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20 is Enough: Vanderhoef Won’t Run Again

by Cliff Weathers,

In 1994 when Scott Vanderhoef was first elected as Rockland County Executive, OJ Simpson’s white Ford Bronco was in the news, Congressman Newt Gingrich organized Republican opposition to the Clinton administration’s attempt to reform health care, and the “Chunnel” between England and France opened for business. In the 18 years Vanderhoef has held that office, the population of Rockland County has grown 17% with almost 50,000 more residents. A lot has changed since 1994 and it’s fair to say that Vanderhoef has been the county’s most influential chief executive: he’s only the second person to hold the office of Rockland County Executive, which was first created in 1985.

Last week Vanderhoef announced that he would not run for re-election at the end of his current term. “Twenty years is a long time and I firmly believe that new eyes, a new perspective is needed,” he told a crowd at a fundraising dinner.

Rockland County Executive C. Scott Vanderhoef’s announcement that he would not seek reelection next year shocked most of the audience at an annual Republican fundraiser last Wednesday night. Even those close to Vanderhoef are saying that they had no idea that he would make this announcement, and found the timing during an event supporting his candidacy to be odd.

“I talked to Scott earlier in the week and he gave no sign he wouldn’t run,” one attendee told NYaltnews. “I wonder if his announcement was a split-second decision he made on the spot.”

“To say that I was shocked is an understatement,” continued the attendee. “The person next to me, who gave a small fortune [for the fundraising event] said ‘€˜we should get out money back.'”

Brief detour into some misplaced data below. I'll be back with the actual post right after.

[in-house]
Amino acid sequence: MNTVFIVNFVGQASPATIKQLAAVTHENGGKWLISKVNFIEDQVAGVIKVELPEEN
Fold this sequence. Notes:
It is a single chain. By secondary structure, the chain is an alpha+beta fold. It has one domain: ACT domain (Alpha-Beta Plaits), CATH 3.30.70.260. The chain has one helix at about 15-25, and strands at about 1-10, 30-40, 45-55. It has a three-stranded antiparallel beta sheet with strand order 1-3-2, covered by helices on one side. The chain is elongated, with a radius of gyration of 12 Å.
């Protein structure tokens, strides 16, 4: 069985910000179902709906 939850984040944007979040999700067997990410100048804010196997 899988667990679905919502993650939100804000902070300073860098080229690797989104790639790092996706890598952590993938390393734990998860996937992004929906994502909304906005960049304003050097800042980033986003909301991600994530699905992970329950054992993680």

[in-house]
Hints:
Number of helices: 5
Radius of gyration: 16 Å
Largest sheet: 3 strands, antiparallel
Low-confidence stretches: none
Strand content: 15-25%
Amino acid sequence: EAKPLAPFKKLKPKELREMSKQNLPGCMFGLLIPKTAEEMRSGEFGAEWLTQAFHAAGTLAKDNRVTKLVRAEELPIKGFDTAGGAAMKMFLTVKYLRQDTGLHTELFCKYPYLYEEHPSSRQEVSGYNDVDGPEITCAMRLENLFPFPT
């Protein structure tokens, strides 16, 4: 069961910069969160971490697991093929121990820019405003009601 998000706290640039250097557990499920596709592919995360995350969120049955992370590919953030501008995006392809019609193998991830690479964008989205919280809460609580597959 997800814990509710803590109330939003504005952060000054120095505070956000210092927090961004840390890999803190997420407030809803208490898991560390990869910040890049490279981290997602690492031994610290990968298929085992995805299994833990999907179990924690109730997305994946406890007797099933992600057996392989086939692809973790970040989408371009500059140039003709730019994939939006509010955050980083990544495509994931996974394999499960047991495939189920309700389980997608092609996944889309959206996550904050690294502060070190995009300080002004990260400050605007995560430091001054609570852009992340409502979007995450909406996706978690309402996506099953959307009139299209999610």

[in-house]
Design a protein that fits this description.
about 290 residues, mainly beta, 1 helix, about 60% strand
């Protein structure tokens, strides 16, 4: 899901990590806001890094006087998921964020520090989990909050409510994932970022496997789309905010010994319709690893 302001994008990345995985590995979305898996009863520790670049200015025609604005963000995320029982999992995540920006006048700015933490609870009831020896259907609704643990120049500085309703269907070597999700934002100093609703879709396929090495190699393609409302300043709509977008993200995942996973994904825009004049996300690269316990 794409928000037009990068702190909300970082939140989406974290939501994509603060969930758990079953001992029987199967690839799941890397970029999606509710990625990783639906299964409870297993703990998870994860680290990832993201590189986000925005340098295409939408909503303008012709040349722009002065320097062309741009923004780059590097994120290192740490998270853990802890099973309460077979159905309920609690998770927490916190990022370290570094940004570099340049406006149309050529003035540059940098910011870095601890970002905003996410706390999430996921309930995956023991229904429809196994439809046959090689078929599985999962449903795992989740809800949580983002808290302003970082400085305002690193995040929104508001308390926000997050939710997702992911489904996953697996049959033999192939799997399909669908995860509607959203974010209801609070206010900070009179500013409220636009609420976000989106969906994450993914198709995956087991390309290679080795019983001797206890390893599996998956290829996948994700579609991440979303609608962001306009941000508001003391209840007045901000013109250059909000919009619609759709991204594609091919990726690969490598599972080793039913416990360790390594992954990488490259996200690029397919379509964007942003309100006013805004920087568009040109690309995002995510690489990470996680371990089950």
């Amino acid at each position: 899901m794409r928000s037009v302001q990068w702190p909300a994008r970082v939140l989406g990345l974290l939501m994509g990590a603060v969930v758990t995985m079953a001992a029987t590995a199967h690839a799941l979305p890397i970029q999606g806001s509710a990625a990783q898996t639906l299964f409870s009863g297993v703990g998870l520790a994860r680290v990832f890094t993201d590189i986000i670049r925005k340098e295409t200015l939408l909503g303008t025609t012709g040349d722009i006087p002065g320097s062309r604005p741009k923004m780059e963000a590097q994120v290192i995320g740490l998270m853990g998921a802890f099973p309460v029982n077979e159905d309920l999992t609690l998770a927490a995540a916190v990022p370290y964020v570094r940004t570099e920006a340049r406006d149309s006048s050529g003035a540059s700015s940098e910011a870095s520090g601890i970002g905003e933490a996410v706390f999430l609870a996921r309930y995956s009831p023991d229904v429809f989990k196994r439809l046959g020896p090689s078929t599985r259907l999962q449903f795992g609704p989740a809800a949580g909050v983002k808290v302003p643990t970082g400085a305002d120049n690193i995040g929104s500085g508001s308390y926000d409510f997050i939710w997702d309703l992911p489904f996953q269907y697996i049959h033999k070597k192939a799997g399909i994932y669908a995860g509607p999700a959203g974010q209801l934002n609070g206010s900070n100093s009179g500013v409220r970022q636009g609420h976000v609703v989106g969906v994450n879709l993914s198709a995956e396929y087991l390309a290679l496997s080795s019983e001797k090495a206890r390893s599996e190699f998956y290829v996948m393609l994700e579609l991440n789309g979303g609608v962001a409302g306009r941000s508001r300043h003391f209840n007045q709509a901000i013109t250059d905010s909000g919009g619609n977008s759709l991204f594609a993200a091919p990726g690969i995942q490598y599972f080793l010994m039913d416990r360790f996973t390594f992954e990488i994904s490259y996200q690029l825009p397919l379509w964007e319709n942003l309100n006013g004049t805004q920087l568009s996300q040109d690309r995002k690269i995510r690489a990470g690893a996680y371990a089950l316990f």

Vanderhoef told the audience at Civile’s, a restaurant and catering hall in Haverstraw, that he would likely return to the private sector after nearly 20 years.

“With all things there’s time for change,” he said.” “So, I’m announcing to my favorite fundraisers and friends and supporters that I will not be a candidate.”

Some Republicans who know Vanderhoef speculated to NYaltnews that recent personal milestones or events may have contributed to his decision, but the idea was shot down by two sources close to Vanderhoef who say that the political landscape did not favor a reelection bid.

“He would have had to run a primary against [County Legislator Ed] Day,” said one source. “And although he might have been able to win it, the victor in such a match-up would come out battered. There’s also the possibility that with many new [conservative] members on the [Rockland County Republican] Committee, Vanderhoef wasn’t a shoe-in to get the party endorsement.”

Not all attendees were shocked, however. One county employee at the event, told NYaltnews earlier this year that she doubted Vanderhoef would run again, stating that he had “all but checked out” and had become “a shadow” at the Allison-Parris County Office Building.

Our source said Vanderhoef was aware that he’d have fractured Republican support, at best, in a general election and that he couldn’t count on support from fusion lines, like the Independence Party, next year.

Vanderhoef was first elected in 1993. Since his 2009 reelection, he has been harshly criticized from both the left and the right about his handling of Rockland County’s budget crisis. Rockland is nearly $100 million in debt and has the worst credit rating of all 62 New York counties.

There has been wide speculation about County Executive candidates. Along with Day, there are rumors that Republican Clarkstown Council member Frank Borelli, former Democratic County Legislator and Spring Valley Judge David Fried, and Democratic Ramapo Supervisor Christopher St. Lawrence have indicated interest in running for the seat.

Cliff Weathers publishes, where this article originally appeared.

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